The descriptive epidemiology of delirium symptoms in a large population-based cohort study: results from the Medical Research Council Cognitive Function and Ageing Study (MRC CFAS)

Hdl Handle:
http://hdl.handle.net/10147/324848
Title:
The descriptive epidemiology of delirium symptoms in a large population-based cohort study: results from the Medical Research Council Cognitive Function and Ageing Study (MRC CFAS)
Authors:
Davis, Daniel HJ; Barnes, Linda E; Stephan, Blossom CM; MacLullich, Alasdair MJ; Meagher, David; Copeland, John; Matthews, Fiona E; Brayne, Carol; on behalf of the MRC Cognitive Function and Ageing Study
Citation:
BMC Geriatrics. 2014 Jul 28;14(1):87
Issue Date:
28-Jul-2014
URI:
http://dx.doi.org/10.1186/1471-2318-14-87; http://hdl.handle.net/10147/324848
Abstract:
Abstract Background In the general population, the epidemiological relationships between delirium and adverse outcomes are not well defined. The aims of this study were to: (1) construct an algorithm for the diagnosis of delirium using the Geriatric Mental State (GMS) examination; (2) test the criterion validity of this algorithm against mortality and dementia risk; (3) report the age-specific prevalence of delirium as determined by this algorithm. Methods Participant and informant data in a randomly weighted subsample of the Cognitive Function and Ageing Study were taken from a standardized assessment battery. The algorithmic definition of delirium was based on the DSM-IV classification. Outcomes were: proportional hazard ratios for death; odds ratios of dementia at 2-year follow-up. Results Data from 2197 persons (representative of 13,004) were used, median age 77 years, 64% women. Study-defined delirium was associated with a new dementia diagnosis at two years (OR 8.82, 95% CI 2.76 to 28.2) and death (HR 1.28, 95% CI 1.03 to 1.60), even after adjustment for acute illness severity. Similar associations were seen for study-defined subsyndromal delirium. Age-specific prevalence as determined by the algorithm increased with age from 1.8% in the 65-69 year age group to 10.1% in the ≥85 age group (p < 0.01 for trend). For study-defined subsyndromal delirium, age-specific period prevalence ranged from 8.2% (65-69 years) to 36.1% (≥85 years). Conclusions These results demonstrate the possibility of constructing an algorithmic diagnosis for study-defined delirium using data from the GMS schedule, with predictive criterion validity for mortality and dementia risk. These are the first population-based analyses able to account prospectively for both illness severity and an earlier study diagnosis of dementia.
Language:
en
Keywords:
OLDER PEOPLE; POPULATION HEALTH

Full metadata record

DC FieldValue Language
dc.contributor.authorDavis, Daniel HJen_GB
dc.contributor.authorBarnes, Linda Een_GB
dc.contributor.authorStephan, Blossom CMen_GB
dc.contributor.authorMacLullich, Alasdair MJen_GB
dc.contributor.authorMeagher, Daviden_GB
dc.contributor.authorCopeland, Johnen_GB
dc.contributor.authorMatthews, Fiona Een_GB
dc.contributor.authorBrayne, Carolen_GB
dc.contributor.authoron behalf of the MRC Cognitive Function and Ageing Studyen_GB
dc.date.accessioned2014-08-15T13:00:02Z-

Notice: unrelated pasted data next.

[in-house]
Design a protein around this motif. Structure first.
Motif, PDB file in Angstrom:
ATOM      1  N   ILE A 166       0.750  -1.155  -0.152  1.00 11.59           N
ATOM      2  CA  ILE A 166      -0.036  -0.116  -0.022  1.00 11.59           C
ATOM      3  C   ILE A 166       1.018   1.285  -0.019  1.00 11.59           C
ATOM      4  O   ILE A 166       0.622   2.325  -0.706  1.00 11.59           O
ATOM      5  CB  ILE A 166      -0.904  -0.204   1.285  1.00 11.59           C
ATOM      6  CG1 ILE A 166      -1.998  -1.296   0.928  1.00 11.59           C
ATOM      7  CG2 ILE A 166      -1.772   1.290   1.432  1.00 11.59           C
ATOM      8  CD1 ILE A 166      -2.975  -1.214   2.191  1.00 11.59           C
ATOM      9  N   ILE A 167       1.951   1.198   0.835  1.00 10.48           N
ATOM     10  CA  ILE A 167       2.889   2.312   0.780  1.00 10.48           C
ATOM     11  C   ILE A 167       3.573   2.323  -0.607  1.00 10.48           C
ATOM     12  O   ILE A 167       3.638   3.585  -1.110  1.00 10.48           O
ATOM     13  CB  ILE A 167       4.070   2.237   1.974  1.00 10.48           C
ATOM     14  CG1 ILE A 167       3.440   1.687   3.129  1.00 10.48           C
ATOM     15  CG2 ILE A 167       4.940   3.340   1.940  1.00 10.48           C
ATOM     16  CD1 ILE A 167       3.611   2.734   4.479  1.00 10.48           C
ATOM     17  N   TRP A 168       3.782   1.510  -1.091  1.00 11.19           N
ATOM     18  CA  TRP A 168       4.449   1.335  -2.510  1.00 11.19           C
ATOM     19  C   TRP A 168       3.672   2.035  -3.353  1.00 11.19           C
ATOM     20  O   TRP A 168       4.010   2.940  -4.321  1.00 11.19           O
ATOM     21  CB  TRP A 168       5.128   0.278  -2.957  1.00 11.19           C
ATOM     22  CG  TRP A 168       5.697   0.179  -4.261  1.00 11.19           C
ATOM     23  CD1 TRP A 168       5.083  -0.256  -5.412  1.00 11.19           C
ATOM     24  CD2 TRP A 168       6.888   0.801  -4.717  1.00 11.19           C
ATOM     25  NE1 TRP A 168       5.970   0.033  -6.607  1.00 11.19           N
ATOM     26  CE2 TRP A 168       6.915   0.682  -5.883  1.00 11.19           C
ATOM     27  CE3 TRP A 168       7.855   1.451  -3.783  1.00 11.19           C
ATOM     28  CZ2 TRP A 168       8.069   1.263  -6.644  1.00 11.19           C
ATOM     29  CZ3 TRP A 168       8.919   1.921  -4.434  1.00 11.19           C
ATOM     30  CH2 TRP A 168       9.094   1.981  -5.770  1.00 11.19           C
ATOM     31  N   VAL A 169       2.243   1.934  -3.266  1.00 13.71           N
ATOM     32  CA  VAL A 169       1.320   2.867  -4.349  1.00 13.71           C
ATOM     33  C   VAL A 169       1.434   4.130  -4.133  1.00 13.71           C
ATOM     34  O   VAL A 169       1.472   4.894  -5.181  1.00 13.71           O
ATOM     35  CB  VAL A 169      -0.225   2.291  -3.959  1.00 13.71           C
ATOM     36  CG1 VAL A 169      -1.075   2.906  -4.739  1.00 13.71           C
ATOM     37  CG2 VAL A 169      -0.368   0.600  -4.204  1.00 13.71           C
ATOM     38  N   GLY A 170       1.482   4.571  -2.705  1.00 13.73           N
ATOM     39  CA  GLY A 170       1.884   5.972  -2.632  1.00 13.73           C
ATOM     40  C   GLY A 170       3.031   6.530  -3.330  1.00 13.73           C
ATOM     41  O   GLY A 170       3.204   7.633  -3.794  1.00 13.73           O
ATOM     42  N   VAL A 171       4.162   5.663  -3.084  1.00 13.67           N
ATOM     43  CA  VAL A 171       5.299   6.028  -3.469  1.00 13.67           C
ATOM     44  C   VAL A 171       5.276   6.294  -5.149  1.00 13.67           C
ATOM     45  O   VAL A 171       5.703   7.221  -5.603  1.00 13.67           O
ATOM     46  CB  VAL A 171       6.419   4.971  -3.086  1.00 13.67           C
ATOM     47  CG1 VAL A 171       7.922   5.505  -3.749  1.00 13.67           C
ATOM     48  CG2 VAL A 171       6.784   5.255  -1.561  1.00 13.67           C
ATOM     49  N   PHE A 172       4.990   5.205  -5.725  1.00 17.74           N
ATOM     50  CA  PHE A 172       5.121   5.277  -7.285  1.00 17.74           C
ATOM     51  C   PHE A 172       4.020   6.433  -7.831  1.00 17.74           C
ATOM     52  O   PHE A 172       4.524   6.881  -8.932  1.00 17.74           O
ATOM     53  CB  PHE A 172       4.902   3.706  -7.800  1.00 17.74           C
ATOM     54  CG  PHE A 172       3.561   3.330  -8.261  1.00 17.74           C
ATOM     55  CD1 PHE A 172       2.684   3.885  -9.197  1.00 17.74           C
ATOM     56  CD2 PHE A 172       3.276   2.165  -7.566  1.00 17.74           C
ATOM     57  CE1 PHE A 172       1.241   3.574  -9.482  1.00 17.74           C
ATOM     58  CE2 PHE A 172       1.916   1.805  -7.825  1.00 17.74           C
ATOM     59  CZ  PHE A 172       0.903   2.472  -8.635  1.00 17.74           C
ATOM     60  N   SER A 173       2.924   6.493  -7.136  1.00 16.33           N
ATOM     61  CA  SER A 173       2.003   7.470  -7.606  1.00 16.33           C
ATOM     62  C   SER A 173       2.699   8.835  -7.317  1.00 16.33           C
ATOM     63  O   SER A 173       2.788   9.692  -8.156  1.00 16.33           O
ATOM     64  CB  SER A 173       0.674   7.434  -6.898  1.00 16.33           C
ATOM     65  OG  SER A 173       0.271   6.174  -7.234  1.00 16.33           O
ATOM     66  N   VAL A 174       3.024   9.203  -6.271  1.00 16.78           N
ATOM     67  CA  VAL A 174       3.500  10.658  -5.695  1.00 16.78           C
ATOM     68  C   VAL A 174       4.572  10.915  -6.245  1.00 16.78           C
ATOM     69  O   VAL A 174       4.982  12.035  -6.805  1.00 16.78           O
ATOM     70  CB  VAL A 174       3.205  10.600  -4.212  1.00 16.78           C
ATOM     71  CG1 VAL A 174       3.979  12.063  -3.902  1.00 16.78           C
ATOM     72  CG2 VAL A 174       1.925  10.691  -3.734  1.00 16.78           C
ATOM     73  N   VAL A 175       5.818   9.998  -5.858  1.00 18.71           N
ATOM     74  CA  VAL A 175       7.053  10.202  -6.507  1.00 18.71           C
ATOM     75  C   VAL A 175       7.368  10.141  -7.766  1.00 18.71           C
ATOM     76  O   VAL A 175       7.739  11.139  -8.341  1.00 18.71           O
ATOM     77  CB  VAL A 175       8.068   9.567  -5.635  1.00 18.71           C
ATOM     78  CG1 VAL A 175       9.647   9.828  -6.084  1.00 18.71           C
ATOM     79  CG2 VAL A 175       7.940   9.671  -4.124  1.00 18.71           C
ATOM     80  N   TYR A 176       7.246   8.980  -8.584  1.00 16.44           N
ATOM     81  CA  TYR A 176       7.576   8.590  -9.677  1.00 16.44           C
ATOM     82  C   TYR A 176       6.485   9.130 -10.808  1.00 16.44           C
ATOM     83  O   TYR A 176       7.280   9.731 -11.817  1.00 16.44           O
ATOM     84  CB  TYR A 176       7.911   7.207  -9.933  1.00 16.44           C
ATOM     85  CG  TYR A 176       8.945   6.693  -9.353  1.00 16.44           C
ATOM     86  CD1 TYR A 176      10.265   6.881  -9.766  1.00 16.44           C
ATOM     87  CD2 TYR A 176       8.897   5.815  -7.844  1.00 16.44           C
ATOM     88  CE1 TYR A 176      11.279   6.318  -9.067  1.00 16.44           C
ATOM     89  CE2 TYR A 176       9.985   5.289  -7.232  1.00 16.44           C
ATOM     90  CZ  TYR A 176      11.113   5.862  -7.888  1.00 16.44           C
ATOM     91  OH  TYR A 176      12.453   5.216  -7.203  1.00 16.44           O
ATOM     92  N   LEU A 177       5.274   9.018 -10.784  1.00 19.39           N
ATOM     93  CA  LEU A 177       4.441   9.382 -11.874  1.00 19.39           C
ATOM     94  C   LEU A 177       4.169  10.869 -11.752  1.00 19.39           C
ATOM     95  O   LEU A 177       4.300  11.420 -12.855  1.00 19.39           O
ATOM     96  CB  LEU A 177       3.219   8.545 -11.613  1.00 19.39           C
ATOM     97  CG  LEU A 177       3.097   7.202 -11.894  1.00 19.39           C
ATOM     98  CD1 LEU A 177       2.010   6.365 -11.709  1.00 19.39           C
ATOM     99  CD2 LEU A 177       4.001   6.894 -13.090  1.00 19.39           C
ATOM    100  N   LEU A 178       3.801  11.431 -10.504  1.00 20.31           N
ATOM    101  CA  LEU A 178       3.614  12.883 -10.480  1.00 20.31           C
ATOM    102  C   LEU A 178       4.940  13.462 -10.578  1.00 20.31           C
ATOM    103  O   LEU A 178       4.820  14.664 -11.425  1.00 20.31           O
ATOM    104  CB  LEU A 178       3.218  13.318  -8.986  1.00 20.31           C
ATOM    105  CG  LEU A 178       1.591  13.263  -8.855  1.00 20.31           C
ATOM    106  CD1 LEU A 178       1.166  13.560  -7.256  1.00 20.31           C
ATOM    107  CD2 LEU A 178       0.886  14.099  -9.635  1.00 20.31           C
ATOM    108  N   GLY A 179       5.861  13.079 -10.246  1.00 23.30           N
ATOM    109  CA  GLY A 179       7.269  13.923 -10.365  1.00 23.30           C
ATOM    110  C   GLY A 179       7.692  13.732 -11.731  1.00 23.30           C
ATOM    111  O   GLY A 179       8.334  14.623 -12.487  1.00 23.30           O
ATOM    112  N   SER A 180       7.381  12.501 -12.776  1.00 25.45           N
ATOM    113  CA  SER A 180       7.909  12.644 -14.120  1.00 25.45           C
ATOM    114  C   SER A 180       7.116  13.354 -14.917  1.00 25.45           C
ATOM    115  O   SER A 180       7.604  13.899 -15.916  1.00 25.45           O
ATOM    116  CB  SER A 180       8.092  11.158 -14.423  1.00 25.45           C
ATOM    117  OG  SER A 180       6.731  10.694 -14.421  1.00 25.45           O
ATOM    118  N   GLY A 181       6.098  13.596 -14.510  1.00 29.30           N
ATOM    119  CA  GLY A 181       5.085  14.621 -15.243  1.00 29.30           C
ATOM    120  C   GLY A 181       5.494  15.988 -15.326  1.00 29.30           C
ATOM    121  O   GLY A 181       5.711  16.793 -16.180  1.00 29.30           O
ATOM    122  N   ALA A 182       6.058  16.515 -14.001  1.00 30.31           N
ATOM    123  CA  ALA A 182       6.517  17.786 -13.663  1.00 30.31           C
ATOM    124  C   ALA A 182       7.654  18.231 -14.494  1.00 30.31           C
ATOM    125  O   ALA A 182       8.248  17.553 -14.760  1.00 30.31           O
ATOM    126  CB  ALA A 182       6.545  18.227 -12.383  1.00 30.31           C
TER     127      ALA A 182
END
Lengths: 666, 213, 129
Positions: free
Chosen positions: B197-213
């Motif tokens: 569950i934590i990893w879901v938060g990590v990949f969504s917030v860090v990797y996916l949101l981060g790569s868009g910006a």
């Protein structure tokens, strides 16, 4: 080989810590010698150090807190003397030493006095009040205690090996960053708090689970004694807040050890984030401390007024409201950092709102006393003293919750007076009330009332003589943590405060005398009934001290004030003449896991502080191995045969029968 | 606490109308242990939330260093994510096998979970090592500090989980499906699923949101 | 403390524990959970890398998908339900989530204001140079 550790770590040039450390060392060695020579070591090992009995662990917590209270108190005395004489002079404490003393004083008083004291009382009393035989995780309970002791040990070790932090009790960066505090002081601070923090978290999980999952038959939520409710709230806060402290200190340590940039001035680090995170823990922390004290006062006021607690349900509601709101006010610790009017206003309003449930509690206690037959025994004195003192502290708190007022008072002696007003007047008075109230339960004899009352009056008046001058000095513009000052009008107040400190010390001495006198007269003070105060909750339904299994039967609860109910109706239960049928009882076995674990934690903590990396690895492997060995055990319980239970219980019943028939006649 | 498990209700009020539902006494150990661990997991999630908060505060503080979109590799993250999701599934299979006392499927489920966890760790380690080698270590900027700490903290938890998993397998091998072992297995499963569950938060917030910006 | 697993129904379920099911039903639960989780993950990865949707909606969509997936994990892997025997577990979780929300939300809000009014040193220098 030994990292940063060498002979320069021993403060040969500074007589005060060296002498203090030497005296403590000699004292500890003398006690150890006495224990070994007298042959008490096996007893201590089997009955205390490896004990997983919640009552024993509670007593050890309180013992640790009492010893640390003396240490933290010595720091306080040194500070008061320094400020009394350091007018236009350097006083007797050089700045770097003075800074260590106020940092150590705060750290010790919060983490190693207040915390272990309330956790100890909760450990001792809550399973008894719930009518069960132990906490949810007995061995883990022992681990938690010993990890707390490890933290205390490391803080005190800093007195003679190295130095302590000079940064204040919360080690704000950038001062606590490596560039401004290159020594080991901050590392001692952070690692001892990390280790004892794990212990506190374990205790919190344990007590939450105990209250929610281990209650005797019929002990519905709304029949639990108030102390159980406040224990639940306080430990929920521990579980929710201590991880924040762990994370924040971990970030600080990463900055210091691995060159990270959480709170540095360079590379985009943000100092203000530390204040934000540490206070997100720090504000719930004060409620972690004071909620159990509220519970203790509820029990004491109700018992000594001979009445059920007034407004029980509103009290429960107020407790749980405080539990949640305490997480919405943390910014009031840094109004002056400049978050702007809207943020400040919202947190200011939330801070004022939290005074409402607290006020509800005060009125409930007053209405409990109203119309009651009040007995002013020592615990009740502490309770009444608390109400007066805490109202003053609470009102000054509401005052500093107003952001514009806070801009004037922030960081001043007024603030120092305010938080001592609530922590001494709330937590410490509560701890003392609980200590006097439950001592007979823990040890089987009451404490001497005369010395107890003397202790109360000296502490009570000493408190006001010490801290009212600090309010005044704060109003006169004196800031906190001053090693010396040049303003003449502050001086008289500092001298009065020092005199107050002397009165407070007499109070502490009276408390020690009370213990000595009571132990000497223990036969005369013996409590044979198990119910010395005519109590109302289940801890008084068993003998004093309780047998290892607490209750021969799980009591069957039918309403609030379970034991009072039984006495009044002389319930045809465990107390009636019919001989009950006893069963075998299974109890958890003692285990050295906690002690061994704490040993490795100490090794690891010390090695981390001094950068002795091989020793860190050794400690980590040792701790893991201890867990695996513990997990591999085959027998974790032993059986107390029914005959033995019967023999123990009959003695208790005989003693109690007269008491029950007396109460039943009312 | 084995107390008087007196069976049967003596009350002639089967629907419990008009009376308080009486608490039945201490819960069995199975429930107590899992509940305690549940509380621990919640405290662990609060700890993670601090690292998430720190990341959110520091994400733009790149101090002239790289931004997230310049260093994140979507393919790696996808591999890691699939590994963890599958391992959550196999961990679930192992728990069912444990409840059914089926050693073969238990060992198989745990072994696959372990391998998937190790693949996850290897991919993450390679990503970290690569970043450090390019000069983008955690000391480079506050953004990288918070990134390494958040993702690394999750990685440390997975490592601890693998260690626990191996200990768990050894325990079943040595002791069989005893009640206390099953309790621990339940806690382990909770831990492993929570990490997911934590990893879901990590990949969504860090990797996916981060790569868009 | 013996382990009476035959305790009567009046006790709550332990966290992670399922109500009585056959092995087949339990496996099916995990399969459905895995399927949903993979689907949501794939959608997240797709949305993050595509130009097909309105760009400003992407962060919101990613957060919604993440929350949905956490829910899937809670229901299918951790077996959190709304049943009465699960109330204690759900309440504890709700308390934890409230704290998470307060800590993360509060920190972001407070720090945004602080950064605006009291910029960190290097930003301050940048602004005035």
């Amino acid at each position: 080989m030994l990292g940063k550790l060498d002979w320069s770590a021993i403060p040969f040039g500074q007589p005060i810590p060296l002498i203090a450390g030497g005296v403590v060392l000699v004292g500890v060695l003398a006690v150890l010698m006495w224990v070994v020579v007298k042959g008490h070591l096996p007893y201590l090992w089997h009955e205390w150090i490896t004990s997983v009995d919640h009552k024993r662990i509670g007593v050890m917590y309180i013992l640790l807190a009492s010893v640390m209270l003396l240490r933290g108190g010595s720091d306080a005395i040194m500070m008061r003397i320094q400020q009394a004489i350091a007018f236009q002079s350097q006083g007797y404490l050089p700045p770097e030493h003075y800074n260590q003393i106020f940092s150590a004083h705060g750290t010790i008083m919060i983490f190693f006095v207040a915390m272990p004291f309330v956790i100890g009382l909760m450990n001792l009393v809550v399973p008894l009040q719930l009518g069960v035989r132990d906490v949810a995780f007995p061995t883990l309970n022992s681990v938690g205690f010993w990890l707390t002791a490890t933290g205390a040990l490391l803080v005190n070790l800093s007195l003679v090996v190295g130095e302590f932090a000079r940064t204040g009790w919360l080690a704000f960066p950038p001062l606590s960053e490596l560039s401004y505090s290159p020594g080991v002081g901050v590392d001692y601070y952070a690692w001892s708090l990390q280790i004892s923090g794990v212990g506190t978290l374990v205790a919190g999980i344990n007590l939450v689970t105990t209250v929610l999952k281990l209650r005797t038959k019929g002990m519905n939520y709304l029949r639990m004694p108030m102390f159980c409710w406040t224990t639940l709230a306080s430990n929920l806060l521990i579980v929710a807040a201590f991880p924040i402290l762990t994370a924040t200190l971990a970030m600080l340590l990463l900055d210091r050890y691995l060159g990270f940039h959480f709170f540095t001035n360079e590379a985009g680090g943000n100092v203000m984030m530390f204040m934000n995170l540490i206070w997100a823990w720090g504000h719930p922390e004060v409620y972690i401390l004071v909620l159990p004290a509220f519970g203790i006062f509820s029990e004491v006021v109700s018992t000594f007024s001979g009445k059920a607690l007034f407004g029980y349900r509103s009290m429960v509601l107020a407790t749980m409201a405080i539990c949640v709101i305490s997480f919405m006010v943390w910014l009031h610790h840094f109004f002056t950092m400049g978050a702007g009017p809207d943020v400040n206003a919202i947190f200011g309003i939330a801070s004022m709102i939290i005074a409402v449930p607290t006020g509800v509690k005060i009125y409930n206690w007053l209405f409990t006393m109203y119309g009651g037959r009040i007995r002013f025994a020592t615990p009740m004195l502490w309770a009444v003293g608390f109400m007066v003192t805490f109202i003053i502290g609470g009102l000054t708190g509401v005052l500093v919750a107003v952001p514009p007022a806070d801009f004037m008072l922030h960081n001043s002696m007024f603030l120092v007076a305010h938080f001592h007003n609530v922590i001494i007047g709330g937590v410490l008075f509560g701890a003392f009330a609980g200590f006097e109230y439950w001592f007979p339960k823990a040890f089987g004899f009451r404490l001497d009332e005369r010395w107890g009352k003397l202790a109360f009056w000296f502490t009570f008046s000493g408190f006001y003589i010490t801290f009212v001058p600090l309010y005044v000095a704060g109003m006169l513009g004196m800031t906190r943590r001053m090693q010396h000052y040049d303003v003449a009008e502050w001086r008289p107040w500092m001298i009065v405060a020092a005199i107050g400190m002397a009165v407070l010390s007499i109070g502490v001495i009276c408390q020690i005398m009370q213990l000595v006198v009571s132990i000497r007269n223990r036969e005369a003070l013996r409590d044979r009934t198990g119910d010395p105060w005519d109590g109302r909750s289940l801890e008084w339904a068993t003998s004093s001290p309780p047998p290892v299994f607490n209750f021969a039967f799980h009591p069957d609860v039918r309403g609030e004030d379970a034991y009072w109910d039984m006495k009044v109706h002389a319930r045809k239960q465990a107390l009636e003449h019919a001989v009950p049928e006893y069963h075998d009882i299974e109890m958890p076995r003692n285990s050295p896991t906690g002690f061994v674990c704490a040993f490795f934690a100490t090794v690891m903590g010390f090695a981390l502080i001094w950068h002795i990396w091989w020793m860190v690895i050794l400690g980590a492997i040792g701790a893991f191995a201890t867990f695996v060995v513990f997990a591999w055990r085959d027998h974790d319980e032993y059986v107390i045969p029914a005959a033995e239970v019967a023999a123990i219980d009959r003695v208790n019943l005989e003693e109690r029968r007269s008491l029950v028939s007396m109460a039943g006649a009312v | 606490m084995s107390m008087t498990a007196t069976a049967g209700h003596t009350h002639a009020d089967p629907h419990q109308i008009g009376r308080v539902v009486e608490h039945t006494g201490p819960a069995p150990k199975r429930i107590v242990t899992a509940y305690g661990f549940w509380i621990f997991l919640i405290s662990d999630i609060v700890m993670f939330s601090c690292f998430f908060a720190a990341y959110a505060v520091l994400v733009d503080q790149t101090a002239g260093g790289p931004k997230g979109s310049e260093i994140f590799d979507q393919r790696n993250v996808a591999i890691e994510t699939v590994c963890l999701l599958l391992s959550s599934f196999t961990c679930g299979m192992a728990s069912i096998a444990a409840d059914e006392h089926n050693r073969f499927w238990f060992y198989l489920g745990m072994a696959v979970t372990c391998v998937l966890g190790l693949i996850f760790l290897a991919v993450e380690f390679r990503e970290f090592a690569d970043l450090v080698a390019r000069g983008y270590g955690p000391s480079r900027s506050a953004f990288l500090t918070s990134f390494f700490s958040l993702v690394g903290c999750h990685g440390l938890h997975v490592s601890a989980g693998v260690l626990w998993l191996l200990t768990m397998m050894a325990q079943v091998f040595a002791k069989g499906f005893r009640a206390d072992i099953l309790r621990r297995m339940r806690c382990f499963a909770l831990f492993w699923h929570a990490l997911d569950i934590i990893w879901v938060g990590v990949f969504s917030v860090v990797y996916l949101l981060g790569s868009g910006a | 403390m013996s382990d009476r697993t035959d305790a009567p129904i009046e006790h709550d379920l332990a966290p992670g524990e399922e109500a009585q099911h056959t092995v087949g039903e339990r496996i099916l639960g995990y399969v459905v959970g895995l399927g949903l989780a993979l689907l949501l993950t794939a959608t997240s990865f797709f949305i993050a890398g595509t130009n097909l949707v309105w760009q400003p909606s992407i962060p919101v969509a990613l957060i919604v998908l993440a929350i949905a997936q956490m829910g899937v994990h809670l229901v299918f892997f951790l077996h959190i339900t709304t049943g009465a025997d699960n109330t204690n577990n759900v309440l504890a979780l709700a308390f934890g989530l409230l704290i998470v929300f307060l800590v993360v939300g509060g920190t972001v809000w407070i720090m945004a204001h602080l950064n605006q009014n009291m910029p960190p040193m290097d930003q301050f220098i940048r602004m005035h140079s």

dc.date.available2014-08-15T13:00:02Z-
dc.date.issued2014-07-28-
dc.identifier.citationBMC Geriatrics. 2014 Jul 28;14(1):87en_GB
dc.identifier.urihttp://dx.doi.org/10.1186/1471-2318-14-87-
dc.identifier.urihttp://hdl.handle.net/10147/324848-
dc.description.abstractAbstract Background In the general population, the epidemiological relationships between delirium and adverse outcomes are not well defined. The aims of this study were to: (1) construct an algorithm for the diagnosis of delirium using the Geriatric Mental State (GMS) examination; (2) test the criterion validity of this algorithm against mortality and dementia risk; (3) report the age-specific prevalence of delirium as determined by this algorithm. Methods Participant and informant data in a randomly weighted subsample of the Cognitive Function and Ageing Study were taken from a standardized assessment battery. The algorithmic definition of delirium was based on the DSM-IV classification. Outcomes were: proportional hazard ratios for death; odds ratios of dementia at 2-year follow-up. Results Data from 2197 persons (representative of 13,004) were used, median age 77 years, 64% women. Study-defined delirium was associated with a new dementia diagnosis at two years (OR 8.82, 95% CI 2.76 to 28.2) and death (HR 1.28, 95% CI 1.03 to 1.60), even after adjustment for acute illness severity. Similar associations were seen for study-defined subsyndromal delirium. Age-specific prevalence as determined by the algorithm increased with age from 1.8% in the 65-69 year age group to 10.1% in the ≥85 age group (p < 0.01 for trend). For study-defined subsyndromal delirium, age-specific period prevalence ranged from 8.2% (65-69 years) to 36.1% (≥85 years). Conclusions These results demonstrate the possibility of constructing an algorithmic diagnosis for study-defined delirium using data from the GMS schedule, with predictive criterion validity for mortality and dementia risk. These are the first population-based analyses able to account prospectively for both illness severity and an earlier study diagnosis of dementia.-
dc.language.isoenen
dc.subjectOLDER PEOPLEen_GB
dc.subjectPOPULATION HEALTHen_GB
dc.titleThe descriptive epidemiology of delirium symptoms in a large population-based cohort study: results from the Medical Research Council Cognitive Function and Ageing Study (MRC CFAS)en_GB
dc.language.rfc3066en-
dc.rights.holderDaniel HJ Davis et al.; licensee BioMed Central Ltd.-
dc.description.statusPeer Reviewed-
dc.date.updated2014-08-08T15:13:28Z-
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